In previous blog posts, I’ve discussed how marketers can learn a thing or two from the techniques of televangelists and how religious institutions like Willow Creek Community Church have successfully adopted secular marketing tactics. Now comes the June 13 Wall Street Journal, which discusses how U.S. churches are acting like global brands. To wit:
- The 8,000-strong Flamingo Road Church operates four locations in Florida and virtually through a location on Peru. The church seeks to grow to 50 locations and 100,000 members, not unlike a multi-national corporation. And, just like a global brand, the church uses its own logo, visual identity, and music at all its locations. Church leader Rev. Troy Gramling told The Wall Street Journal he seeks to copy the success of Starbucks and wants to develop “the look, the feel, the branding idea, of what Flamingo Road is.”
Sounds like a CEO talking! But I have some free marketing advice for the reverend: if you really seek to build a global brand for your church, lose the name. Flamingo Road Church is named after its Florida address. But I’m thinking Sin City.
Some might find it distasteful for a religious institution of any denomination to so nakedly embrace marketing. But religious institutions are no different than secular organizations that seek to attract and retain members: they need to make themselves known if they’re going to succeed. And like secular organizations, they can choose any manner of tasteful or obnoxious ways to spread their message through marketing. For instance, Rev. Gramling of Flamingo Road maintains The Potential blog where you can have a conversation with him. Opening up a dialogue in the blogosphere is a natural and smart move. But on the other hand, “prosperity minister” Mike Murdock uses a website and TV appearances to grovel for cash and make vague pronouncements about achieving wisdom. I have no idea what his message is except that he wants your money.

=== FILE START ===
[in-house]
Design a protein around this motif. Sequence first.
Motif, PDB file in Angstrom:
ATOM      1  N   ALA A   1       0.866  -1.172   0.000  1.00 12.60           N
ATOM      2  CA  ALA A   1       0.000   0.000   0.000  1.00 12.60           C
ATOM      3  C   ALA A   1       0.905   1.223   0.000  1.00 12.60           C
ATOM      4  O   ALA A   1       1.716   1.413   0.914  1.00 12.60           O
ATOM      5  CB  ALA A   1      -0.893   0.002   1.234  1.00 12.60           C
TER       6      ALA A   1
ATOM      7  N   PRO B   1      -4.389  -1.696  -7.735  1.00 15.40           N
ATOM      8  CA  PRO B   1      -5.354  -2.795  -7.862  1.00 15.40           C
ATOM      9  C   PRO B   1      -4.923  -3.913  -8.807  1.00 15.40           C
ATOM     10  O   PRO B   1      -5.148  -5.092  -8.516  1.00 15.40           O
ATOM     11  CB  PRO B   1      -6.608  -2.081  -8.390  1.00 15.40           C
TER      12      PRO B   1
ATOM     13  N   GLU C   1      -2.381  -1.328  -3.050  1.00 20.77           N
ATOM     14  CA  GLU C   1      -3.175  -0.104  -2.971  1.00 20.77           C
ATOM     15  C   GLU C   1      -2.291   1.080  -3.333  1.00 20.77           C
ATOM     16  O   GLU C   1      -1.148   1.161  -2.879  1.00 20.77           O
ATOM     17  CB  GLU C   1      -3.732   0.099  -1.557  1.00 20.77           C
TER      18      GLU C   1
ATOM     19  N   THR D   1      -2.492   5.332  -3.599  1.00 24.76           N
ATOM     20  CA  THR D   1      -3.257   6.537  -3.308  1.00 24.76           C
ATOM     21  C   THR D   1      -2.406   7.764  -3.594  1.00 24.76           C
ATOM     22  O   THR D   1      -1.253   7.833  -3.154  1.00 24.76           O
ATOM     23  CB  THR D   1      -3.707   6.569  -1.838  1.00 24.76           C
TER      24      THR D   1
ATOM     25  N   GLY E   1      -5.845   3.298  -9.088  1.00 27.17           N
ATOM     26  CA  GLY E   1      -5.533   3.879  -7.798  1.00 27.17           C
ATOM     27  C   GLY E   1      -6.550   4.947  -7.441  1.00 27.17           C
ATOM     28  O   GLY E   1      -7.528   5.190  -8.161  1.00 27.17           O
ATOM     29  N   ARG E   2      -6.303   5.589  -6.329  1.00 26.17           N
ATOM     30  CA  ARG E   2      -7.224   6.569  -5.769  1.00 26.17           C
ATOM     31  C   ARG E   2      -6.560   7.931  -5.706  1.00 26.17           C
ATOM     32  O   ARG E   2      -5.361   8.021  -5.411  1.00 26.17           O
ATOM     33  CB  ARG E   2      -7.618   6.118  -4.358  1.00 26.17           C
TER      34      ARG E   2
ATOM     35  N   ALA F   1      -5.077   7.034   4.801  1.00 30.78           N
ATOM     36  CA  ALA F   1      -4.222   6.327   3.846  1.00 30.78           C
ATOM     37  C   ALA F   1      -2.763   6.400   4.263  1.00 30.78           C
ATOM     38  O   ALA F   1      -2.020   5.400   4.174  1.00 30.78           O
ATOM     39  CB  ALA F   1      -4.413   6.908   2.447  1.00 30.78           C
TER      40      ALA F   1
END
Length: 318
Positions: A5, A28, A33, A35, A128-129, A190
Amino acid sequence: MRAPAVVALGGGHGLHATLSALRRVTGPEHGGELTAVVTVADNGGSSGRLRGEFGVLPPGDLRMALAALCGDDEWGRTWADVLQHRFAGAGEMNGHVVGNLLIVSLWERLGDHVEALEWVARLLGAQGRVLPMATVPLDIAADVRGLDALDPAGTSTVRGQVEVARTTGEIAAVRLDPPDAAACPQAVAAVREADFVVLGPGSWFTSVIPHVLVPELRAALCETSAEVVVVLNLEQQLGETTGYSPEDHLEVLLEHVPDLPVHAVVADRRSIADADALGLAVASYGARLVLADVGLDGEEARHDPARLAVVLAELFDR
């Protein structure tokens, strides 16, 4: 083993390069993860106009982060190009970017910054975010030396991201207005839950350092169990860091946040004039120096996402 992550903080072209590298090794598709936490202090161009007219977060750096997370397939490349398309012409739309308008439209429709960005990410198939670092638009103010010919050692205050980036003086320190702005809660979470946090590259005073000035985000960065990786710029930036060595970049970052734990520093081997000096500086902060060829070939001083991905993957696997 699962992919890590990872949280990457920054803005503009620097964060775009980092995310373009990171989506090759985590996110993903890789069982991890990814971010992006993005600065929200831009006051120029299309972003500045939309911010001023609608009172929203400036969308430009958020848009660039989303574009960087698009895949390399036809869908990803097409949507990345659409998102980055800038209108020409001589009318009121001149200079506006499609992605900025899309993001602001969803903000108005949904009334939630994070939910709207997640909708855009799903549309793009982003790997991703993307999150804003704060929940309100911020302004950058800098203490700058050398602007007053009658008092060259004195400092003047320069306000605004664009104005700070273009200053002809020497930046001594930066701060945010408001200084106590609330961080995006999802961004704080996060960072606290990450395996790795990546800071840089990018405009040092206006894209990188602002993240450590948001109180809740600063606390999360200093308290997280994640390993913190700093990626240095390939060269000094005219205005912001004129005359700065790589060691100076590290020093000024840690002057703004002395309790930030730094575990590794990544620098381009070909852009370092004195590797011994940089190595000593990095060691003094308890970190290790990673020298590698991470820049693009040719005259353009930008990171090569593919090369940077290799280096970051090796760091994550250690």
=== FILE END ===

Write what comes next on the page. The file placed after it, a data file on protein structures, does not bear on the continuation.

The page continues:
Regardless of whether you share their beliefs, you can see some marked differences in how they use marketing: Gramling being forward looking and conversational, Murdock employing the tired old approach of talking at you.
One cautionary note: for many years Willow Creek became the model mega church of smart marketing by offering people a vibrant, show-biz style alternative to the church-going experience. But Willow Creek focused too much on attracting members with contemporary music, skits, and other forms of experiential marketing. The church didn’t put much thought into keeping its “customers” after they’d joined. The church failed to customize its approach, and now it’s been reeling from a membership exodus. Let’s now see how a religious institution adapts its marketing and “service” approach.